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International Journal of the Biology, Chemistry, Physics, and Technology of Wood

Editor-in-Chief: Faix, Oskar

Editorial Board Member: Daniel, Geoffrey / Militz, Holger / Rosenau, Thomas / Salmen, Lennart / Sixta, Herbert / Vuorinen, Tapani / Argyropoulos, Dimitris S. / Balakshin, Yu / Barnett, J. R. / Berry, Richard / Burgert, Ingo / Evans, Robert / Evtuguin, Dmitry V. / Frazier, Charles E. / Fukushima, Kazuhiko / Gellerstedt, Göran / Gindl-Altmutter, Wolfgang / Glasser, W. G. / Heitner, Cyril / Holmbom, Bjarne / Isogai, Akira / Kadla, John F. / Kleen, Marjatta / Koch, Gerald / Lachenal, Dominique / Mansfield, Shawn D. / Morrell, J.J. / Niemz, Peter / Pizzi, Antonio / Ragauskas, Arthur J. / Ralph, John / Rice, Robert W. / Salin, Jarl-Gunnar / Schmitt, Uwe / Schultz, Tor P. / Schwanninger, Manfred / Sipilä, Jussi / Tamminen, Tarja / Viikari, Liisa / Welling, Johannes / Willför, Stefan / Yoshihara, Hiroshi

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Rank 5 out of 60 in category Forestry and 2 out of 22 in category Materials Science, Paper & Wood in the 2012 Thomson Reuters Journal Citation Report/Science Edition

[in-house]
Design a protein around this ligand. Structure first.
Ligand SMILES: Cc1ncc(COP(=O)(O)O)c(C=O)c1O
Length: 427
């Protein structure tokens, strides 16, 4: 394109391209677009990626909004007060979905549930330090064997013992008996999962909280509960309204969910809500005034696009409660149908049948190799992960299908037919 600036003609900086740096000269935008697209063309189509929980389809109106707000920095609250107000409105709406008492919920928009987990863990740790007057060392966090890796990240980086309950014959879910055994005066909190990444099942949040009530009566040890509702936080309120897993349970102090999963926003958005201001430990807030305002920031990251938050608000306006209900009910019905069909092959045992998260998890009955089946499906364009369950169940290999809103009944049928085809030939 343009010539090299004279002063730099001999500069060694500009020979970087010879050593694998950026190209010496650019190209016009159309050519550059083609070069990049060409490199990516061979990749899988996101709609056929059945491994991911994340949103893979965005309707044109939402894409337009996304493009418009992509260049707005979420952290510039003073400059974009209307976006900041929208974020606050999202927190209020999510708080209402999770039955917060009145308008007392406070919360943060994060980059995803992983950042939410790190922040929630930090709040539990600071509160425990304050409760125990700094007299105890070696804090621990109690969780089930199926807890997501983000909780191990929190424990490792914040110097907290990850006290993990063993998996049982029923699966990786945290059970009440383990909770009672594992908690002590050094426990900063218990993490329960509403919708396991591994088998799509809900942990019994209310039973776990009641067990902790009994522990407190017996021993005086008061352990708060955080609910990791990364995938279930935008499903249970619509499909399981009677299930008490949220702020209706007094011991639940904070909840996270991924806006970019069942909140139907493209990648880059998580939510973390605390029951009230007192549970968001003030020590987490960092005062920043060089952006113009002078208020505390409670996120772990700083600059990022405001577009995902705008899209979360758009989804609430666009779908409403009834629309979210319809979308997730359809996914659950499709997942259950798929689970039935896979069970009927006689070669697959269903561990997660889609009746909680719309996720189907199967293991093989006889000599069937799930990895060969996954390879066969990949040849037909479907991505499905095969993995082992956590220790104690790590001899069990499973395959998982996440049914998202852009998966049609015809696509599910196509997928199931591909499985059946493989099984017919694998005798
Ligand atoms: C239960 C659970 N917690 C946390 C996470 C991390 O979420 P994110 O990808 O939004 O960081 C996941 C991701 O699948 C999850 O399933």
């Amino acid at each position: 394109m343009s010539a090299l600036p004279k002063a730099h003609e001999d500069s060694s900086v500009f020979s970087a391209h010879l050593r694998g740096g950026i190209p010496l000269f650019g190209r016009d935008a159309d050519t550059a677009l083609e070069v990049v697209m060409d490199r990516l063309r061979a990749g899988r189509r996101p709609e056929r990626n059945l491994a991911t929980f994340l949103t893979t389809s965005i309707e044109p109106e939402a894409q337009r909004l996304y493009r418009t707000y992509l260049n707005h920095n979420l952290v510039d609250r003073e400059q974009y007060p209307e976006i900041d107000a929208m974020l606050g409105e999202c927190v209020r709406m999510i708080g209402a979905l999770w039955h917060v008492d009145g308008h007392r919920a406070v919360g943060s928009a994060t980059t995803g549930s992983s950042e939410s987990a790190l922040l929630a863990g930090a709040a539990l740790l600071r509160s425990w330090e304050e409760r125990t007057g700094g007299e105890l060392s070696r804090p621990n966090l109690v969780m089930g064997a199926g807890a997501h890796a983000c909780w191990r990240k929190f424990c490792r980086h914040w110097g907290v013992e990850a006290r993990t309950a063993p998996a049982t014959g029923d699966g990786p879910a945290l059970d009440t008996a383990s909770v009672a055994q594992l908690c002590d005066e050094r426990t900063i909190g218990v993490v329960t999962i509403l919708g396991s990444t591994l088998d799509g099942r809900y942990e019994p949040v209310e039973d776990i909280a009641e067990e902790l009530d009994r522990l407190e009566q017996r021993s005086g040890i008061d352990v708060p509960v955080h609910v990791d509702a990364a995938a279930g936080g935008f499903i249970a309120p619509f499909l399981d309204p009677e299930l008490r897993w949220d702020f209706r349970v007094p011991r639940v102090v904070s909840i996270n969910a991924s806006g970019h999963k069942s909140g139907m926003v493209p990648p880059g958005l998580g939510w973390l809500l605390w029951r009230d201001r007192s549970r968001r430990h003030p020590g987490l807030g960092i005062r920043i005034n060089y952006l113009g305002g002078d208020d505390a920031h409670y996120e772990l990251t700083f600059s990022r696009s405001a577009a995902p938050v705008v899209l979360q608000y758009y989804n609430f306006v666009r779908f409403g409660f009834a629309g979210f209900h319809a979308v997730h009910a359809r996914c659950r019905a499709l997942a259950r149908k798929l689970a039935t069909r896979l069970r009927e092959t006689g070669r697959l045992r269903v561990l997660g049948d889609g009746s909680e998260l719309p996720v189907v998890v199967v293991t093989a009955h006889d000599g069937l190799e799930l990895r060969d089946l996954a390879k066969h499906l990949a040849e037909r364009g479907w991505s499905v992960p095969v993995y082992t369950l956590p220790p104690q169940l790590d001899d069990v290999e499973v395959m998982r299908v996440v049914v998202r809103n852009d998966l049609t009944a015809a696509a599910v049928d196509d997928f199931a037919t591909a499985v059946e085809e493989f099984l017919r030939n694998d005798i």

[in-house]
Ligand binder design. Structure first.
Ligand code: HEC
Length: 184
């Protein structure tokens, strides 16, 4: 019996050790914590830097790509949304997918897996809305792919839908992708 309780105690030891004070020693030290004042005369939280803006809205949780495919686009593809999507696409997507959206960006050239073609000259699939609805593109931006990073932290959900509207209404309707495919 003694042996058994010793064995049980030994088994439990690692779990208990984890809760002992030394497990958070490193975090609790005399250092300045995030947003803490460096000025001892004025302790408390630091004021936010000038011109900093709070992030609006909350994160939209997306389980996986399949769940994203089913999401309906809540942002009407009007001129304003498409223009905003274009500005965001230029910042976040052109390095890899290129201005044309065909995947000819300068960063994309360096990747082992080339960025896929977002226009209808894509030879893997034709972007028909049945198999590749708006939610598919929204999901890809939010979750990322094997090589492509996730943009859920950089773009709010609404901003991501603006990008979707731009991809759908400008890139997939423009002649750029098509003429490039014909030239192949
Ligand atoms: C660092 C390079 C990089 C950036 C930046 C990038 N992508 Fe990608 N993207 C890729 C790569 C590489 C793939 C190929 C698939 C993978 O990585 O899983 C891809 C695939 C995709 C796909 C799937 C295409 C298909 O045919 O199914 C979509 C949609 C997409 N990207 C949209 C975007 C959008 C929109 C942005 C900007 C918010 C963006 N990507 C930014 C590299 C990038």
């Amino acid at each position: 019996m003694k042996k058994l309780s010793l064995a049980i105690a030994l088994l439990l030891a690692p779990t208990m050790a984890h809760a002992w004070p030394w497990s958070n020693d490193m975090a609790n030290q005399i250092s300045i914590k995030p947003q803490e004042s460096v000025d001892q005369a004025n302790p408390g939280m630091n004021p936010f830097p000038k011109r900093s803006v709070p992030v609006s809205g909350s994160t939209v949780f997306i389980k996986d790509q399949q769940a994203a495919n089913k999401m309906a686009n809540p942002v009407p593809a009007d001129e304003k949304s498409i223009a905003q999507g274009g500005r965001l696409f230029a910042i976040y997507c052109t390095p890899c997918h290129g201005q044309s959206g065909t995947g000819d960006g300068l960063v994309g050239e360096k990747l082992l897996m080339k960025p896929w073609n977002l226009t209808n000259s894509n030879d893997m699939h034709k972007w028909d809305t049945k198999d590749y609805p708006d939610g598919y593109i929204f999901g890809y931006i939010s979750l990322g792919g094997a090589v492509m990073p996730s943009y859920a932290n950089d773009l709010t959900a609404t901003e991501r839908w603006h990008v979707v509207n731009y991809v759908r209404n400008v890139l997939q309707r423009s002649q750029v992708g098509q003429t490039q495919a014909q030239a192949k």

Microdistribution of Some Copper and Zinc Containing Waterborne and Organic Solvent Wood Preservatives in Spruce Wood Cell Walls

Marko Petrič / Richard J. Murphy / Ian Morris

Citation Information: Holzforschung. Volume 54, Issue 1, Pages 23–26, ISSN (Print) 0018-3830, DOI: 10.1515/HF.2000.004, June 2005

Publication History

Published Online:


The microdistribution of copper and zinc in the cell walls of spruce wood treated with water borne copper chloride, ammoniacal copper octanoate, ammoniacal zinc octanoate and with copper carboxylates dissolved in an organic solvent was studied using transmission electron microscopy with X-ray microanalysis. The highest content of copper and zinc was measured in cell corners and middle lamellae, that is in the constituents with the highest proportions of lignin. The same feature was observed also in the case of copper carboxylates dissolved in white spirit. On the basis of these results it was presumed that, within wood, lignin functional groups are preferential adsorption sites for transition metal ions irrespective of the carrier solvent.

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